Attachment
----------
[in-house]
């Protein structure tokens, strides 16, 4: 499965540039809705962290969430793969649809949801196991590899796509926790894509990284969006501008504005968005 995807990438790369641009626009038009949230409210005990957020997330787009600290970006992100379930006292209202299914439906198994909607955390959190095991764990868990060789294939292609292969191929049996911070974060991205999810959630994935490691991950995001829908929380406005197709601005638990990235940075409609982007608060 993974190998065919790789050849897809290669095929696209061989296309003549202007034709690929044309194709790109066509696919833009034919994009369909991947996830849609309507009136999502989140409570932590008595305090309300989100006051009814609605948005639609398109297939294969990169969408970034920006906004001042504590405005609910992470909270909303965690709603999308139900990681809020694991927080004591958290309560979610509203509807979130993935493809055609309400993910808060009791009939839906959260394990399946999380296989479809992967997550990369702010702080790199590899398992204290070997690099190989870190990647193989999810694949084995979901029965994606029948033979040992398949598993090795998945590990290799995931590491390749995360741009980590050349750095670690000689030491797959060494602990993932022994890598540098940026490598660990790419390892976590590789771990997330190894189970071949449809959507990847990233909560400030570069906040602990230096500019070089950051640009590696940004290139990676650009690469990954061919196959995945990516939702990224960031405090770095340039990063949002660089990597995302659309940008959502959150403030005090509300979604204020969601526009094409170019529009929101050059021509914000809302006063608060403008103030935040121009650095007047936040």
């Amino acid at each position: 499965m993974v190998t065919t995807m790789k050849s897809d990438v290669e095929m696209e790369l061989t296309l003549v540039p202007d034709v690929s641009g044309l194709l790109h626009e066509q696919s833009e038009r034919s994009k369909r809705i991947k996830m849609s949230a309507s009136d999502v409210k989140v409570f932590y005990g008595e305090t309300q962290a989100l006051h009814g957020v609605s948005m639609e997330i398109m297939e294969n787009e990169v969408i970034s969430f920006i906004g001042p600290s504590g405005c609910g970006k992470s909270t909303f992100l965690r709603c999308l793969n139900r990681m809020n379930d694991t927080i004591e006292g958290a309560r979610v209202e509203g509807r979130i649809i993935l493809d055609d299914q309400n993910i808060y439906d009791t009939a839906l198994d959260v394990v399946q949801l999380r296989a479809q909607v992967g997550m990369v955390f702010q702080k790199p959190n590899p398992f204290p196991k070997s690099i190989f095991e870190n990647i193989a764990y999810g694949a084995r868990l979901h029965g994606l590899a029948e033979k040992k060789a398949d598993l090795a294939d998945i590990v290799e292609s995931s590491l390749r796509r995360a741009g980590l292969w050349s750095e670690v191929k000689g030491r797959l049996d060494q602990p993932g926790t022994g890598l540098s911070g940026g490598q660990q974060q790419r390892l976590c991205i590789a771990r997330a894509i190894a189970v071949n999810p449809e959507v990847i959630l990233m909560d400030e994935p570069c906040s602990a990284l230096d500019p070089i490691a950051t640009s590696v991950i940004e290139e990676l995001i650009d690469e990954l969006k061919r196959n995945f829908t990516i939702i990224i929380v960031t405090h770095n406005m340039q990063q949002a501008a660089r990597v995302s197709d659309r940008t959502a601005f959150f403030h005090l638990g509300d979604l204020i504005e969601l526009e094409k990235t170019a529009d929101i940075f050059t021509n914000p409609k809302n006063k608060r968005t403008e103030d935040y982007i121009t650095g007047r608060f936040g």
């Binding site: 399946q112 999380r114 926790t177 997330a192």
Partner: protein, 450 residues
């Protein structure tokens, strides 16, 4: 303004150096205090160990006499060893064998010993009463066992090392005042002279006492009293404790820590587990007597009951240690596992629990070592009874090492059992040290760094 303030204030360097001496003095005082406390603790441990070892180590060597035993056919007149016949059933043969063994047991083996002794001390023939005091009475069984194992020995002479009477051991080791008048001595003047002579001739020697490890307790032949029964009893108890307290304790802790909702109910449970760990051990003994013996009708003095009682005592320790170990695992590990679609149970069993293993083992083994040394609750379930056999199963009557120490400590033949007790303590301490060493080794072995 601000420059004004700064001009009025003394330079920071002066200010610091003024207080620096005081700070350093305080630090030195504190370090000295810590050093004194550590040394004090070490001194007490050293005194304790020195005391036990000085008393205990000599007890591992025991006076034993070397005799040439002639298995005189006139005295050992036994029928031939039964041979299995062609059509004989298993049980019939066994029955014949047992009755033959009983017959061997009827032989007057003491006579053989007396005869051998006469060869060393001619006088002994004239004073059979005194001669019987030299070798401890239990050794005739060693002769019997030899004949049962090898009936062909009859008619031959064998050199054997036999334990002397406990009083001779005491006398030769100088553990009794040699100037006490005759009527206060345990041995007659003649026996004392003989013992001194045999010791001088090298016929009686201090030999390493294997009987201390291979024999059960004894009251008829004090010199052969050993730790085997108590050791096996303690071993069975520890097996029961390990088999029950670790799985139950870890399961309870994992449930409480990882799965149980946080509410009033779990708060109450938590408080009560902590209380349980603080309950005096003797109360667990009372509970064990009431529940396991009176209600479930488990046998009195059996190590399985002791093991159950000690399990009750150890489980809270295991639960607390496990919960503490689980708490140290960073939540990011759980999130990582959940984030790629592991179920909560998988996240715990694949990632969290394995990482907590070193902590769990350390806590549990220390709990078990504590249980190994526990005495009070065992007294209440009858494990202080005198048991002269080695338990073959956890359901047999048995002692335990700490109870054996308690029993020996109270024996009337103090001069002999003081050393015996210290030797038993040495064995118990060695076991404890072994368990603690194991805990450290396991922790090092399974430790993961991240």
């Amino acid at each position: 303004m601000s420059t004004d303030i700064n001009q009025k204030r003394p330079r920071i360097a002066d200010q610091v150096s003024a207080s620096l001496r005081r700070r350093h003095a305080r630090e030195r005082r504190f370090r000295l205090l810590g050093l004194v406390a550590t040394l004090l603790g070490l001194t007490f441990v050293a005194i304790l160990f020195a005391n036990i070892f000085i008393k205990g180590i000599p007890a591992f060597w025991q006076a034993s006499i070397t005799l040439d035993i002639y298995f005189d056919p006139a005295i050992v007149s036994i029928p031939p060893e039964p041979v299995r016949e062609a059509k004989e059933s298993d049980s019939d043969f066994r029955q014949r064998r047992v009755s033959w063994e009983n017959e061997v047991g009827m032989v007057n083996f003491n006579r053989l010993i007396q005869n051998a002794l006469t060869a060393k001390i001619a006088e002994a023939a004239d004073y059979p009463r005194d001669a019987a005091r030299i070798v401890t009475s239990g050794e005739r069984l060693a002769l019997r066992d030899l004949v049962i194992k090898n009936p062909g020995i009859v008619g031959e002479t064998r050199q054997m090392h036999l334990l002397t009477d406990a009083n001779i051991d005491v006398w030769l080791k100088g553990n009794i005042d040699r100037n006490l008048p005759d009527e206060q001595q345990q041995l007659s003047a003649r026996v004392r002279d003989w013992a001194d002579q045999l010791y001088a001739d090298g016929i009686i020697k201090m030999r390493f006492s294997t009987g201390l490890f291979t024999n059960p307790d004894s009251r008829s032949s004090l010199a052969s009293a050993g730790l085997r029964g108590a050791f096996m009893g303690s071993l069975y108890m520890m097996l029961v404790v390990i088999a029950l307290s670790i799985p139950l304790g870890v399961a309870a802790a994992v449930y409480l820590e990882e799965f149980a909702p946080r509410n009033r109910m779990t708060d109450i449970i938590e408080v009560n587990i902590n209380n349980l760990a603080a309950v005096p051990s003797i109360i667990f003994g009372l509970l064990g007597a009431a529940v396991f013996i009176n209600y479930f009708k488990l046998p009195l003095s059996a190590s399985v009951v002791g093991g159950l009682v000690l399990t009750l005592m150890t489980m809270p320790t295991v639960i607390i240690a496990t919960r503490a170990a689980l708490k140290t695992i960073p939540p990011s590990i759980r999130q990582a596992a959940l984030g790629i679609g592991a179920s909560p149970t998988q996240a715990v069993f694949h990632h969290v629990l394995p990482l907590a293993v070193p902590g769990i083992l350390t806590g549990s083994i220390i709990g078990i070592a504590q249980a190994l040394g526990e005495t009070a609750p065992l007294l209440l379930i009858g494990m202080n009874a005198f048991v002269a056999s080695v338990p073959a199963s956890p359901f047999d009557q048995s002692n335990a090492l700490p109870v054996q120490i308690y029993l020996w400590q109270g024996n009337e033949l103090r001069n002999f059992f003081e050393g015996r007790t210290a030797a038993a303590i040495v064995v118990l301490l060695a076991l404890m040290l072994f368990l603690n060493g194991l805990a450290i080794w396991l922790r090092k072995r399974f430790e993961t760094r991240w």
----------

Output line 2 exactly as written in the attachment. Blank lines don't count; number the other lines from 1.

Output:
């Protein structure tokens, strides 16, 4: 499965540039809705962290969430793969649809949801196991590899796509926790894509990284969006501008504005968005 995807990438790369641009626009038009949230409210005990957020997330787009600290970006992100379930006292209202299914439906198994909607955390959190095991764990868990060789294939292609292969191929049996911070974060991205999810959630994935490691991950995001829908929380406005197709601005638990990235940075409609982007608060 993974190998065919790789050849897809290669095929696209061989296309003549202007034709690929044309194709790109066509696919833009034919994009369909991947996830849609309507009136999502989140409570932590008595305090309300989100006051009814609605948005639609398109297939294969990169969408970034920006906004001042504590405005609910992470909270909303965690709603999308139900990681809020694991927080004591958290309560979610509203509807979130993935493809055609309400993910808060009791009939839906959260394990399946999380296989479809992967997550990369702010702080790199590899398992204290070997690099190989870190990647193989999810694949084995979901029965994606029948033979040992398949598993090795998945590990290799995931590491390749995360741009980590050349750095670690000689030491797959060494602990993932022994890598540098940026490598660990790419390892976590590789771990997330190894189970071949449809959507990847990233909560400030570069906040602990230096500019070089950051640009590696940004290139990676650009690469990954061919196959995945990516939702990224960031405090770095340039990063949002660089990597995302659309940008959502959150403030005090509300979604204020969601526009094409170019529009929101050059021509914000809302006063608060403008103030935040121009650095007047936040």